Part of the problem is that the barn, as I saw it, was the music I created with my bandmates. The music is obviously my life’s work, even as I can neglect it dreadfully for months at a time. This past month, I did not neglect it. I spent the whole month of February writing songs, 14 to be exact. Well, really 13. One was a duet of Katryna singing “You’ve Got to Walk that Lonesome Valley” with Siri, the iPhone voice over.

My big contribution to that number was to immortalize it on my own iPhone and post it on Facebook. But I did write 13 whole other songs, some of which are pretty good. And what was great about the experience was that I don’t even care that much if the songs are good or not, or if I’ll record them and put them on my next CD. I now remember how to write songs, and I have confidence that I can. February was like spring training. I’m ready to play ball now.

But like so many mothers I know, I also feel that my “real” work is my family: nurturing my relationship with my husband, and the day-to-day mothering of my two children. I spend much of my energy (as demonstrated by my big list) on keeping the machine going, that contraption that feeds, clothes, transports, amuses, bathes and grooms and educates and snuggles my children. And on many occasions, that other barn (for I won’t, certainly, call this a gilt shack) seems directly at odds with the first. Which barn gets the attention, the small improvements? How can I chose which beam to straighten when they both need fresh wood? How can I chose which one thing to do well?

Well, for one thing, let’s simply acknowledge that Josephine Johnson wasn’t writing at a time when women could, from a practical perspective, raise two barns. But in the age of Hillary Rodham Clinton, Nora Ephron and Cate Blanchett, to name just three career moms among countless others, I think it’s fair to say that many do, nowadays, build two barns. (Men as well as women.) But perhaps I don’t need to build fourteen. Maybe I can let some of my smaller projects be just that: smaller projects. Pete Seeger’s death reminded me that my true calling is still, and always will be, conveyer of song to a group, however humble that may look. It’s a ministry calling, every bit as dramatic as Jonah’s. We don’t get to choose where we get sent. I might prefer Telluride Bluegrass Festival, or the Grammies to the parking lot of River Valley Market, but I am a singer, and as Pete said to the HUAC, “I’ll sing for anybody.” We singers can only hope, as Dickens might say, to be beams of God’s grace, shining on all alike.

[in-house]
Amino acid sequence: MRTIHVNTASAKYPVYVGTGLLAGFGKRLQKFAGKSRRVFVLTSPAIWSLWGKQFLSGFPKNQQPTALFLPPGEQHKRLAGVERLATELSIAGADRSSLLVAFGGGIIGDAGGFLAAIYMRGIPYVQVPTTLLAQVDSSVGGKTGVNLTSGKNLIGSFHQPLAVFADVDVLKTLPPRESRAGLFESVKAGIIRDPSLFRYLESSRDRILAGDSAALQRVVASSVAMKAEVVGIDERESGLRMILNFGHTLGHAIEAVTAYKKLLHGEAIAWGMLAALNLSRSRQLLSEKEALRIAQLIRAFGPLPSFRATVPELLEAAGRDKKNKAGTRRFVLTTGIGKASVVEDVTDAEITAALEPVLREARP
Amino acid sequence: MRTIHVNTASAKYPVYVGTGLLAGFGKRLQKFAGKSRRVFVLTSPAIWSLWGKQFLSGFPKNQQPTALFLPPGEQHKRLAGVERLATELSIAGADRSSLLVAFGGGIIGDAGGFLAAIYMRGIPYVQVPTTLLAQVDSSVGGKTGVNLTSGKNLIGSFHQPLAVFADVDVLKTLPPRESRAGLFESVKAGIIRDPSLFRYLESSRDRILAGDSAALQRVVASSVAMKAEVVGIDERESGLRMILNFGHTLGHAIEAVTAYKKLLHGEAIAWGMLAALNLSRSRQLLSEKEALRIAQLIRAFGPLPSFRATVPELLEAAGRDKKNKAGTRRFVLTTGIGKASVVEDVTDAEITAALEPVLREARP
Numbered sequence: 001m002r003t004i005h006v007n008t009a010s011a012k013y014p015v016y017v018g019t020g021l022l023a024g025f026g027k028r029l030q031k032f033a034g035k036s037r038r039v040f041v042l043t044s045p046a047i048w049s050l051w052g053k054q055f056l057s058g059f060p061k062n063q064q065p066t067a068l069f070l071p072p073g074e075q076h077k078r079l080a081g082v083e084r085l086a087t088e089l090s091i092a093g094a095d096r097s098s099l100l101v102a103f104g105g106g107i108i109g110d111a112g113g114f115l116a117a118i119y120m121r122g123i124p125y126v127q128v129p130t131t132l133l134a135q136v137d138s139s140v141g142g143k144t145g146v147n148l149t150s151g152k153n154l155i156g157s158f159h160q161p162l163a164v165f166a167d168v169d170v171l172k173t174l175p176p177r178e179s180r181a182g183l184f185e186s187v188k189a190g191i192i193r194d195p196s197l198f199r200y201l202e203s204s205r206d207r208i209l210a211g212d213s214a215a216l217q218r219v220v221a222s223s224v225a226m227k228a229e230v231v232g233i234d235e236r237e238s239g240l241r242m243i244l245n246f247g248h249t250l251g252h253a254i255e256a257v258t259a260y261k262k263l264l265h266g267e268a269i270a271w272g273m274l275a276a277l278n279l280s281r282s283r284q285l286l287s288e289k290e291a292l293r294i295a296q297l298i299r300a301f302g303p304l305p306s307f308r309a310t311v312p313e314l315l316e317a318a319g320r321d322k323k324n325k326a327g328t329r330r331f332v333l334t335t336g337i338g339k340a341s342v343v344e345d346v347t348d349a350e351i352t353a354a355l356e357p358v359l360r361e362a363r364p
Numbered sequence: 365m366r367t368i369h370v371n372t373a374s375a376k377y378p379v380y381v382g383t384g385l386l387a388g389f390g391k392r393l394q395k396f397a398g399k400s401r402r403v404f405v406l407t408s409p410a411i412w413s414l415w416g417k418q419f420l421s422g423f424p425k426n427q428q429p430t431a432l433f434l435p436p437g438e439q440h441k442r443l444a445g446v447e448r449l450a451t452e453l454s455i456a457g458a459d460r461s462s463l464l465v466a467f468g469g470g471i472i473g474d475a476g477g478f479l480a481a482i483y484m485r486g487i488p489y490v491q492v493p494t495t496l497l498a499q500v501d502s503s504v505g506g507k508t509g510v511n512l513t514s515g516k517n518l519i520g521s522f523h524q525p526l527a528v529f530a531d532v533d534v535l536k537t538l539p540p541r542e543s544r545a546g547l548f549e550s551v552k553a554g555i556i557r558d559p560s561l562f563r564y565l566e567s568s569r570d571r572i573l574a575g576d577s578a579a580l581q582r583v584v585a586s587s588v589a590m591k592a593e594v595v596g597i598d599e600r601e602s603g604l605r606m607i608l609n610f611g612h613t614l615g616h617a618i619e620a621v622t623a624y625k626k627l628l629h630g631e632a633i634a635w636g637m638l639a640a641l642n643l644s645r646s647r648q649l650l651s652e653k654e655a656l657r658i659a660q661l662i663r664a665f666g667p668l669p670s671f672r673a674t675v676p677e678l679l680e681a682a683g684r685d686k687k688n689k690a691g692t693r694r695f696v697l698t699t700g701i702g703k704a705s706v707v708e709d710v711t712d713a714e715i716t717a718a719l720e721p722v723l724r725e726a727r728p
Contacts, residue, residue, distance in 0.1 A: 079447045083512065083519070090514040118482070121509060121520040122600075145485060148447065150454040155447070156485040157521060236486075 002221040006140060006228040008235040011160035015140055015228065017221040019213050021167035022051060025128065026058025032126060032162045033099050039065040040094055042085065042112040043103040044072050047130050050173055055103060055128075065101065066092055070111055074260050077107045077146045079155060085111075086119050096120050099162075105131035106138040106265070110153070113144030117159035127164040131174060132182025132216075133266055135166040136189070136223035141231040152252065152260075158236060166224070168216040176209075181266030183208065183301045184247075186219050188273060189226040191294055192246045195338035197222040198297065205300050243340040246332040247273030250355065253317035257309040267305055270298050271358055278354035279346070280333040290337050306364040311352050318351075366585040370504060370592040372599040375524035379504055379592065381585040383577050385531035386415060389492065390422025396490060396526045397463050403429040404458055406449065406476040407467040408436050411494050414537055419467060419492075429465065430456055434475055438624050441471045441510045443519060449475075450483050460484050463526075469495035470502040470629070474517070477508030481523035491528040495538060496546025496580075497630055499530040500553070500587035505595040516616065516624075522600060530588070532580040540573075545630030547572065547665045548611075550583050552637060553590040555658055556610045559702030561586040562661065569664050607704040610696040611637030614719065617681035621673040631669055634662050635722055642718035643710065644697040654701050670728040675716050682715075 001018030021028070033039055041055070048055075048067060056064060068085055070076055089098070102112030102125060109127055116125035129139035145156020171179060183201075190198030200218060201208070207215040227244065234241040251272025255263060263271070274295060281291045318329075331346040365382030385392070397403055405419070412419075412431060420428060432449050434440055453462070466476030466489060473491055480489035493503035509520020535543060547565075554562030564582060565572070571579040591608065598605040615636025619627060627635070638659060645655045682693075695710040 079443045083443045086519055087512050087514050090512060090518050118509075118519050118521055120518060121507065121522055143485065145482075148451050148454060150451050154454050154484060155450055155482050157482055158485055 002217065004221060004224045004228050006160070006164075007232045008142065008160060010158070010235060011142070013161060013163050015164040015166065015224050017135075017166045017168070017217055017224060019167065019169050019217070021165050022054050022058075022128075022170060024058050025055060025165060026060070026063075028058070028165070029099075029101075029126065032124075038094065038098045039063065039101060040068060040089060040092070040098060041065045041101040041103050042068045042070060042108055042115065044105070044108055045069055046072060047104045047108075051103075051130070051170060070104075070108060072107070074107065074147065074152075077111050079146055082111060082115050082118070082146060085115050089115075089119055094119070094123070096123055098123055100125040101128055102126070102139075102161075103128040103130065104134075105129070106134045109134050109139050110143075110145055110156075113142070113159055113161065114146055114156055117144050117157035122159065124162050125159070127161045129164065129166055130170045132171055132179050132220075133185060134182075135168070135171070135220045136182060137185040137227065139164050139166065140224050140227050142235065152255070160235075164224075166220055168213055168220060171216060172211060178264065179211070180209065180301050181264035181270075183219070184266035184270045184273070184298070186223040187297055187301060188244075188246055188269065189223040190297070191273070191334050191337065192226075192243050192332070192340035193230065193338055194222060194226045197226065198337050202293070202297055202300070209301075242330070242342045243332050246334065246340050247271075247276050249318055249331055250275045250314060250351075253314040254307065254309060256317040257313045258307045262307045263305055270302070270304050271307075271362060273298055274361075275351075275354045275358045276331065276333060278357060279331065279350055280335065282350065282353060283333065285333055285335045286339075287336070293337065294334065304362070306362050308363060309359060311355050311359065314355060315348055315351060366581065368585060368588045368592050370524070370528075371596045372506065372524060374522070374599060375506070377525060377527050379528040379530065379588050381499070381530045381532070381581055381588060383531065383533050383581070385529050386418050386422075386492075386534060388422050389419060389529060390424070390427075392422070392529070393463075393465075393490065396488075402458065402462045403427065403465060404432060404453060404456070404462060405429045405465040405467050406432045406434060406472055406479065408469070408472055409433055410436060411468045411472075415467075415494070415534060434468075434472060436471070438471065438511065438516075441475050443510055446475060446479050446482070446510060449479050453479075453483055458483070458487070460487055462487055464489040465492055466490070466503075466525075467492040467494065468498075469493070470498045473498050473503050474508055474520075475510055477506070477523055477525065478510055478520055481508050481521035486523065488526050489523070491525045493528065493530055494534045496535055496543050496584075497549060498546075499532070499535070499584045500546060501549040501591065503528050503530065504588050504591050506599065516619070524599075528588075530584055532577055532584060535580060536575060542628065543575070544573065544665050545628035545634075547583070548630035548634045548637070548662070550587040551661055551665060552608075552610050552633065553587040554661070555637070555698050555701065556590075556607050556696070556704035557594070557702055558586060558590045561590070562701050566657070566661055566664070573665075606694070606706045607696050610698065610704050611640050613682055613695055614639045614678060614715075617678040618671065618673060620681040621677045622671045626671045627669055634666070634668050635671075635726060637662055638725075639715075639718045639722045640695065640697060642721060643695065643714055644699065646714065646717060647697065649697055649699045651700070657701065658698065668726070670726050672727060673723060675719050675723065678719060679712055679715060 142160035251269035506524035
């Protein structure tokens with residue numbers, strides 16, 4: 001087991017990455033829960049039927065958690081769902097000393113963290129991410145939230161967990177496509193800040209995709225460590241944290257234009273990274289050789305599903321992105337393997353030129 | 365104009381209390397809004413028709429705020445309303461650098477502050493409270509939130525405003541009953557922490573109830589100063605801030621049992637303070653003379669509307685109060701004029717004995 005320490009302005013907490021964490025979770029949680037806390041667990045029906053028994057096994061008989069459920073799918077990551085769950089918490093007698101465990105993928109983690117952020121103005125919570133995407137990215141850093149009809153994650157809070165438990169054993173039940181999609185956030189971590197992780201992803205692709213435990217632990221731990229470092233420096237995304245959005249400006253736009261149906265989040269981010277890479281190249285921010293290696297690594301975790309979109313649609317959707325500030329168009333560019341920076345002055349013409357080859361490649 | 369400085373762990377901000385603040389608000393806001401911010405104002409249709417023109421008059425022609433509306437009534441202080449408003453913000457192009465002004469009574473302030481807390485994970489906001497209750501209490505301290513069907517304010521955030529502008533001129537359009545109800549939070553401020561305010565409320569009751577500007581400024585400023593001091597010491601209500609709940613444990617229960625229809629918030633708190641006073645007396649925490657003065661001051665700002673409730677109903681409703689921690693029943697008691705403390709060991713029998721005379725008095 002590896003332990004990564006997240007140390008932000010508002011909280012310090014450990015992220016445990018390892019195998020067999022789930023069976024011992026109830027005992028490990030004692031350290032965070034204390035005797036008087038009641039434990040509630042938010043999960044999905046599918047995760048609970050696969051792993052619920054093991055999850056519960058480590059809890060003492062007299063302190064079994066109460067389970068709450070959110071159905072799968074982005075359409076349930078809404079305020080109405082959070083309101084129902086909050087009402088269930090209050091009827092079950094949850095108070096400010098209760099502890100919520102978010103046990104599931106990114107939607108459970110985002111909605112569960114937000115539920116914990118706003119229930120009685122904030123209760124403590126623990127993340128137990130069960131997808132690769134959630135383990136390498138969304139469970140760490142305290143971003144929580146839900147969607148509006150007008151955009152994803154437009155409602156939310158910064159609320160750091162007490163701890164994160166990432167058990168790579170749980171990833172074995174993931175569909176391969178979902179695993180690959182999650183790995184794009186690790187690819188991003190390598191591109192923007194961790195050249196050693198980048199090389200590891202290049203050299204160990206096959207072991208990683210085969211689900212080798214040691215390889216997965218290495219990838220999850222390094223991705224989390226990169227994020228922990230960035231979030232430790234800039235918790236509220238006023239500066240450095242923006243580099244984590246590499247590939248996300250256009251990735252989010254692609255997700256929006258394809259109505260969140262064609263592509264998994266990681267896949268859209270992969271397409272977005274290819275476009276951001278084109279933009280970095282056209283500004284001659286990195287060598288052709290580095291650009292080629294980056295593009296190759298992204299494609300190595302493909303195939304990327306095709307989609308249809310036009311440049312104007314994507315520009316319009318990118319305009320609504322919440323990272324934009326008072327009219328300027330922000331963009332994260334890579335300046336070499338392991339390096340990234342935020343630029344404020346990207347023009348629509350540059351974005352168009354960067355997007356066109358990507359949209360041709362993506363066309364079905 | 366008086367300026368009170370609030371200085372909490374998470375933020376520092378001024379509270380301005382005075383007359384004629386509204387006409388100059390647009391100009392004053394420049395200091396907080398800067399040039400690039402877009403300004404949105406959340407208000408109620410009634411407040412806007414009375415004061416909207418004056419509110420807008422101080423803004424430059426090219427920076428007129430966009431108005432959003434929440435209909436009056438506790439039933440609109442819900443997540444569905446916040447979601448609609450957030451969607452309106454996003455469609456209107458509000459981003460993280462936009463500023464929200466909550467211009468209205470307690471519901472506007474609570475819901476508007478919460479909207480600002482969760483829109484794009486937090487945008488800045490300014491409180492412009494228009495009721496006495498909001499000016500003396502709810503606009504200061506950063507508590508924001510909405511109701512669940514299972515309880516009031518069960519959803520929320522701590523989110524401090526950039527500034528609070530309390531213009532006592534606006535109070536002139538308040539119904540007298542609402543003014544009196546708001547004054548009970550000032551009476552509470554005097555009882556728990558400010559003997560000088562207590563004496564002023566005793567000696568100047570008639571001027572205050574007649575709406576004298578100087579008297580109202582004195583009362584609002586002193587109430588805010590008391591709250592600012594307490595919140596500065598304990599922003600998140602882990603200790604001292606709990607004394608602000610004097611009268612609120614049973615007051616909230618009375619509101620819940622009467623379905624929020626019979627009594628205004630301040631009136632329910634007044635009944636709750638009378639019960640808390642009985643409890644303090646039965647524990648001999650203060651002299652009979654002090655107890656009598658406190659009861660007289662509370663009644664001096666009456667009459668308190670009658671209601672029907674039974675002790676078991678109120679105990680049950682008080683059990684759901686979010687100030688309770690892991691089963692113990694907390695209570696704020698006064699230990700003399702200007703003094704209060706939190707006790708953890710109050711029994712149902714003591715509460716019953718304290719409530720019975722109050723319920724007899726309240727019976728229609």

Back in the car, I was struck by Elle’s lucidity. I don’t know if agree with her, theologically. I have read When Bad Things Happen to Good People, and I am intrigued by the idea that since an omniscient God cannot co-exist with an all loving God, we need to choose which we believe. I haven’t come down firmly on either side, and I suspect, still, that God is somehow all loving and omniscient, but we humans can’t possibly be expected to take such a long view. Still, I said,

“You’re right. I agree with you, actually.”

“I don’t like when people blame God,” Elle said. I turned to look at her. She’s seven, now. She wears, daily, a fuzzy plush vest of tiger stripes with a tiger hood, and on top of that an Adidas windbreaker. Her eyelashes are so long I sometimes can’t believe they’re real, that she’s real, this elf-like child of mine who can go from regular silly kiddo to wise-beyond-her-years sage on a dime’s turn.

“Neither do I,” I concede. “Thanks for the reminder.”

So it’s March, now. The songs got written. Now it’s time to make them good. Write more songs. Schedule the recording we’ll be doing this summer. Book some gigs. Practice piano, play guitar, read some classics, listen to a lot of old and new music, hand your guitar to young ones stronger, thank God, thank God, thank God.